- the number of pockets without being overdesigned
- made in the USA
- no ostentatious branding/patches
- easy to open and close on the go (read: Not a roll top)
- comes in green
- has a lifetime warranty
Confession time: the leather carry strap did snap after like 6 months of use, which I’ll admit is not good, but when I took it to the store there were no hassles, and they sent it back to me a couple of weeks later good as new. (They even left the chapstick I forgot in the front pocket’s pen holder.)
I just couldn’t find anything that wowed me like the Filson Journeyman.
But if that price is impossible for you, I went ahead and made a list of 13 possible alternatives to the Journeyman backpack. None of them are as perfect, but you might find something you like.I could go on and on and on. I have a whole spreadsheet I made trying to find a backpack that suited my needs — fits 16″ laptop, stylish yet heritage, waxed canvas, made in the USA, green, easy to open and close on the go — but I didn’t find anything that suited me as well as the Filson Journeyman. (Plus, Jack Ryan didn’t use any of those.)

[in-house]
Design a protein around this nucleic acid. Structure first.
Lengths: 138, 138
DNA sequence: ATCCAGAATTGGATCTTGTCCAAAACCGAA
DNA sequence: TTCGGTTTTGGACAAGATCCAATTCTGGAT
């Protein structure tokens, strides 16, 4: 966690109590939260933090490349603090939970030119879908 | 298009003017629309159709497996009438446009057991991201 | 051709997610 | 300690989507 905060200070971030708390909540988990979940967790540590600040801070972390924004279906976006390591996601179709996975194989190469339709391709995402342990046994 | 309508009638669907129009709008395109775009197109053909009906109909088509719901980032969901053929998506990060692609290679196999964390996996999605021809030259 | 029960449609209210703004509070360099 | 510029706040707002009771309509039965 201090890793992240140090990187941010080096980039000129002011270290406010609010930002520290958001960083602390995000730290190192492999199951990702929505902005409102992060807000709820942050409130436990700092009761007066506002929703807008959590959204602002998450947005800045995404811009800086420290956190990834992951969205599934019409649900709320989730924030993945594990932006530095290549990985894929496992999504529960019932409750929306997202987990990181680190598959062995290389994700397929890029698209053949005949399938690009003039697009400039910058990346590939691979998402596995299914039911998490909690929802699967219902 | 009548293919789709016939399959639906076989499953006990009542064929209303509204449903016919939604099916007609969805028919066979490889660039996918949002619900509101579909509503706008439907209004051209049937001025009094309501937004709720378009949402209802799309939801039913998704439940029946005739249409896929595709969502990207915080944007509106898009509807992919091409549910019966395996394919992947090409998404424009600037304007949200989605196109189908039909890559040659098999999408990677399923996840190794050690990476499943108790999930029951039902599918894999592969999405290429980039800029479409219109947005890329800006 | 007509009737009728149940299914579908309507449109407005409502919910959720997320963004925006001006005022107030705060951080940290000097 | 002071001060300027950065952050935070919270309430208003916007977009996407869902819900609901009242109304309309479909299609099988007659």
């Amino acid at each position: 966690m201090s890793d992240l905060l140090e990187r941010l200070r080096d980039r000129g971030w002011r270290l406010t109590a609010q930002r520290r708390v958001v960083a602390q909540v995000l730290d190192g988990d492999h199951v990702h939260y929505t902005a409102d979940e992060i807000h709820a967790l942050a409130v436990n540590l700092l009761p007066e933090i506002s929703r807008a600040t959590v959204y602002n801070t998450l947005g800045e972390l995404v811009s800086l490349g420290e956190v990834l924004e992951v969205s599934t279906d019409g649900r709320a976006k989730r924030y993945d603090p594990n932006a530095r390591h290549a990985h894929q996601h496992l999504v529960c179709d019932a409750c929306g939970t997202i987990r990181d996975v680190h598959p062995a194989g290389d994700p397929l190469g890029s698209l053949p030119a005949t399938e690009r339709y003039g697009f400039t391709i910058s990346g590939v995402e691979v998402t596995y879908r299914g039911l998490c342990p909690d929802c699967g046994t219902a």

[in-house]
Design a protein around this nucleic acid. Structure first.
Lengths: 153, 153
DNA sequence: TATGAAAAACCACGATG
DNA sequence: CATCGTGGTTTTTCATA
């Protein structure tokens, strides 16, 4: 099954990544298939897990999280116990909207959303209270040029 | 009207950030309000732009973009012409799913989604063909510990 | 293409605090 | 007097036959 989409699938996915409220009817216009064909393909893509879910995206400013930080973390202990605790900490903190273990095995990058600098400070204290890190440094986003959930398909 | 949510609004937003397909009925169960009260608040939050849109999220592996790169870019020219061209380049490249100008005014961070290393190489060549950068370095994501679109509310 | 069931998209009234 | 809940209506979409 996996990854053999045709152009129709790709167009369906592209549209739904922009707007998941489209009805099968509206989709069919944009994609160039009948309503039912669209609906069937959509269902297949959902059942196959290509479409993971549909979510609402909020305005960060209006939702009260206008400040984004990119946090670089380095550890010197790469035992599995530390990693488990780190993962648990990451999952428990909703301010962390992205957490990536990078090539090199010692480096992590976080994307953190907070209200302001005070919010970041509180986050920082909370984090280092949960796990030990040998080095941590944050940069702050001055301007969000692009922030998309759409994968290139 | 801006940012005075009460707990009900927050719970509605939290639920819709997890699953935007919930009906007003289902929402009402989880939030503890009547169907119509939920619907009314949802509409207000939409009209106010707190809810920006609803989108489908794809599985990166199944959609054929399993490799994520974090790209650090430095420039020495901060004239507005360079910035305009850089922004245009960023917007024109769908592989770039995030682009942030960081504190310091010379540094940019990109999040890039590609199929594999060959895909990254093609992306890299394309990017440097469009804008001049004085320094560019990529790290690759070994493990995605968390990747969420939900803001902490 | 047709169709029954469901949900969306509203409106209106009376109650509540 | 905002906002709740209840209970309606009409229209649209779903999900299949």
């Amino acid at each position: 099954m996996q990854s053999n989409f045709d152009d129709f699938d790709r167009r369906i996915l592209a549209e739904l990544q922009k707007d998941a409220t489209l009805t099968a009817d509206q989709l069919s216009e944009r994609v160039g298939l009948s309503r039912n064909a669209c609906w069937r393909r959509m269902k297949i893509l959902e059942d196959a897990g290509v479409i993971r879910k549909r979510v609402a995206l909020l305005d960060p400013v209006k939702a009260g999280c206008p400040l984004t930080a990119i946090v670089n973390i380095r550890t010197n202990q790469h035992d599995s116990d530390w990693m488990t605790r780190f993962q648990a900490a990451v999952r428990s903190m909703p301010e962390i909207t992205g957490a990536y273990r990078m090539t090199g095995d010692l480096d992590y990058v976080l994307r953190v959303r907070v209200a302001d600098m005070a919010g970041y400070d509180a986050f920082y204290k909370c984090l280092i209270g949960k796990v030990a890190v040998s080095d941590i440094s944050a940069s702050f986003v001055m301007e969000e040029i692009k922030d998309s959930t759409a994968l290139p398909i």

Filson Journeyman Pros & Cons
- Lifetime warranty
- Built like a tank
- Tear/water resistant
- Functional and beautiful
- Versatile aesthetic
To summarize, there’s a lot I love about this bag, and here’s a quick list of pros.
Lifetime Warranty; Ages Well
Man, it’s such a tough bag, and it’ll only look better as it ages. I toss it around, stuff it in tight places, throw on the floor, and It’s not even thinking about wearing out.
The canvas and twill are thick and will not tear. It’s built like a tank, the leather is exceptional quality, and the zipper can handle whatever you throw at it. The bulletproof tin cloth is indestructible and keeps your stuff dry in the pouring rain.
Functional and Beautiful
It’s got just enough pockets to be useful without being annoying. You can close the button clasps with one hand. The strap lining is a nice touch to add comfort and reduce slippage, and back padding is helpful. Just enough pockets and pouches to be handy, but not so many they get annoying.
It can reasonably be taken to business settings. I love the color too, I think green is the best color for bags bc it goes with any color jacket. Except for green, I guess.
Also, it comes in a nice big drawstring bag to store the bag in, not that this bag needs any babying.